Compulsive eating, drug addiction driven by same mechanism


Washington : The same molecular mechanisms that drive people into drug addiction are behind the compulsion to overeat, says the latest research.

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The new study was conducted by Paul J. Kenny, professor at Scripps Research’s Florida campus and graduate student Paul M. Johnson.

The study shows clearly that in rat models, the development of obesity coincides with a progressively deteriorating chemical balance in reward brain circuitries.

Kenny said that the study, which took nearly three years to complete, confirms the “addictive” properties of junk food.

“The new study, unlike our preliminary abstract, explains what happens in the brain of these animals when they have easy access to high- calorie, high-fat food,” said Kenny.

“It presents the most thorough and compelling evidence that drug addiction and obesity are based on the same underlying neurobiological mechanisms. In the study, the animals completely lost control over their eating behaviour, the primary hallmark of addiction,” added Kenny.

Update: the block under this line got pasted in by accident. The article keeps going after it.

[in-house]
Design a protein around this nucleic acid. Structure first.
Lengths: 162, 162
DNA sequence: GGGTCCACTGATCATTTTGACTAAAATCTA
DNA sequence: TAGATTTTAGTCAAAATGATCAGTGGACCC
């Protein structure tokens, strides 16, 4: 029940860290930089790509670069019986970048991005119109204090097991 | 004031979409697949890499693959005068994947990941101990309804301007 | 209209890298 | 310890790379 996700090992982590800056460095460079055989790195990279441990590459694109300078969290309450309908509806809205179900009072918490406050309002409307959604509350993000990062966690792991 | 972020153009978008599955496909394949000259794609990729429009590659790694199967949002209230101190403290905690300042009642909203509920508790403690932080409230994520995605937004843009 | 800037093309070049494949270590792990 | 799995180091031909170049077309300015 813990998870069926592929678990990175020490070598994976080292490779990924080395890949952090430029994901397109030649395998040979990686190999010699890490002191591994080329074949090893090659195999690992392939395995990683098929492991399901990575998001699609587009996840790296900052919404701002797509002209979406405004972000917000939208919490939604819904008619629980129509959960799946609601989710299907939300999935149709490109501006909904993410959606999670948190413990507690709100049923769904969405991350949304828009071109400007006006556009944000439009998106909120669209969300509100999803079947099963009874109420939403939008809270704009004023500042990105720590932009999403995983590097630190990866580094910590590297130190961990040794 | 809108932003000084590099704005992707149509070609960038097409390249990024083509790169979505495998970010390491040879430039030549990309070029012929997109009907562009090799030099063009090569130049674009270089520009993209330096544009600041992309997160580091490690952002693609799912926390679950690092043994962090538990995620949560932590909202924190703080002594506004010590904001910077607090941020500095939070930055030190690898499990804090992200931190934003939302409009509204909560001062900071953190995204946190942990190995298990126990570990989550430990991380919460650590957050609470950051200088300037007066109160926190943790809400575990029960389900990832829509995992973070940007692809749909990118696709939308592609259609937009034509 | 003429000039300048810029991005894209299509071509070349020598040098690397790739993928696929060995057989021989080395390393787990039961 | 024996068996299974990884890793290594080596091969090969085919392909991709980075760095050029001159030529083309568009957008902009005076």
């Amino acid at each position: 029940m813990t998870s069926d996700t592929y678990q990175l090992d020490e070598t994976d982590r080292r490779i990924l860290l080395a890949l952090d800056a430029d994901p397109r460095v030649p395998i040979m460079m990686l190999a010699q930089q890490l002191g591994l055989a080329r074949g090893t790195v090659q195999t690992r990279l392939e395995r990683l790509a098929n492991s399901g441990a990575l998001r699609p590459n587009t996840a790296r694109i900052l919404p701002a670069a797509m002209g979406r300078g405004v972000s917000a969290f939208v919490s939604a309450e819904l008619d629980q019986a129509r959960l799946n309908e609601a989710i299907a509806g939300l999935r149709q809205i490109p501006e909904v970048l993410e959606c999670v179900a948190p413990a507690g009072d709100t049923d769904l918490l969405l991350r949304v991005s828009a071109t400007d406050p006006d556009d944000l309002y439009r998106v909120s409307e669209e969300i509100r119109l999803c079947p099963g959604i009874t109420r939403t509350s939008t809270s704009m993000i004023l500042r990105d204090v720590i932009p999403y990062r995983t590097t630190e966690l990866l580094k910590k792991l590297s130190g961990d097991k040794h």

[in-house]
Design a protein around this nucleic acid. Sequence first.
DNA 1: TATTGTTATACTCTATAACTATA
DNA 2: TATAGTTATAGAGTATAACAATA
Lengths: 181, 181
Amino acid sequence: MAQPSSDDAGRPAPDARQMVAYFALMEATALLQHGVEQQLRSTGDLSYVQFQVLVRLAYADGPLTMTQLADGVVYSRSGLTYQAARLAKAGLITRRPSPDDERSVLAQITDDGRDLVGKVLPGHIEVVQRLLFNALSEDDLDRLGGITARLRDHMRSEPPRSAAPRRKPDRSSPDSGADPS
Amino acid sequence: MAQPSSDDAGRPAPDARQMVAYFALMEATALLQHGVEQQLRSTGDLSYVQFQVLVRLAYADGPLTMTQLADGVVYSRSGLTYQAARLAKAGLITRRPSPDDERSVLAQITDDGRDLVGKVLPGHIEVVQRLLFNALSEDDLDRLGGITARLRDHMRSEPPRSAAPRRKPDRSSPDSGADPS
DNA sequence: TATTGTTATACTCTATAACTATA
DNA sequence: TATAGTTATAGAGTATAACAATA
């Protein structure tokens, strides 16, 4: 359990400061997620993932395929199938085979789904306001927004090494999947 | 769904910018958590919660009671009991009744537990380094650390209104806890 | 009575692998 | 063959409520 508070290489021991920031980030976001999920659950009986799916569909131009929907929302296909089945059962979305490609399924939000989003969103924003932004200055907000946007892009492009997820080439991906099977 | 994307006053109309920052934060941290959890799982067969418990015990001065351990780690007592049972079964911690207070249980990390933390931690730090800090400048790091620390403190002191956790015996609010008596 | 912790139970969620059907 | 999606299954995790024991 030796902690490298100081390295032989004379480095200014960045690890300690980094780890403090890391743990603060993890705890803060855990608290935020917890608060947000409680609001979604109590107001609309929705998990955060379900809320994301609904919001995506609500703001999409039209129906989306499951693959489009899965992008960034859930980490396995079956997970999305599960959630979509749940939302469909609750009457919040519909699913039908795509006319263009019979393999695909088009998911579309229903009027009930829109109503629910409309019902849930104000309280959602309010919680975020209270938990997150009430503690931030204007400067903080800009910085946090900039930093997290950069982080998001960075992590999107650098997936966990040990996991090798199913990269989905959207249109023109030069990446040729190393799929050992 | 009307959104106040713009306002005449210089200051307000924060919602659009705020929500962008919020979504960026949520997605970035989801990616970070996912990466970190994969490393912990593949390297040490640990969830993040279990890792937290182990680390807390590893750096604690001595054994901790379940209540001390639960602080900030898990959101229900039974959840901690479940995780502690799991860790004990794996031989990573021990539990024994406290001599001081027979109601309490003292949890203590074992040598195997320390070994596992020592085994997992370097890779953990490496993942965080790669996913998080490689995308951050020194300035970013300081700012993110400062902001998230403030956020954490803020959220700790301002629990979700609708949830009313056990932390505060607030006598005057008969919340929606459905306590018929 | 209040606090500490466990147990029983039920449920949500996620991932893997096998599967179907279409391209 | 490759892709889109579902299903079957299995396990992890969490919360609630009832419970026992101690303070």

“They continued to overeat even when they anticipated receiving electric shocks, highlighting just how motivated they were to consume the palatable food.”

The scientists fed the rats a diet modelled after the type that contributes to human obesity-easy-to-obtain high-calorie, high-fat foods like sausage, bacon, and cheesecake. Soon after the experiments began, the animals began to bulk up dramatically.

“They always went for the worst types of food,” Kenny said, “and as a result, they took in twice the calories as the control rats. When we removed
the junk food and tried to put them on a nutritious diet – what we called the ‘salad bar option’ – they simply refused to eat.”

“The change in their diet preference was so great that they basically starved themselves for two weeks after they were cut off from junk food,” said Kenny.

These findings were published in the Sunday online edition of Nature Neuroscience.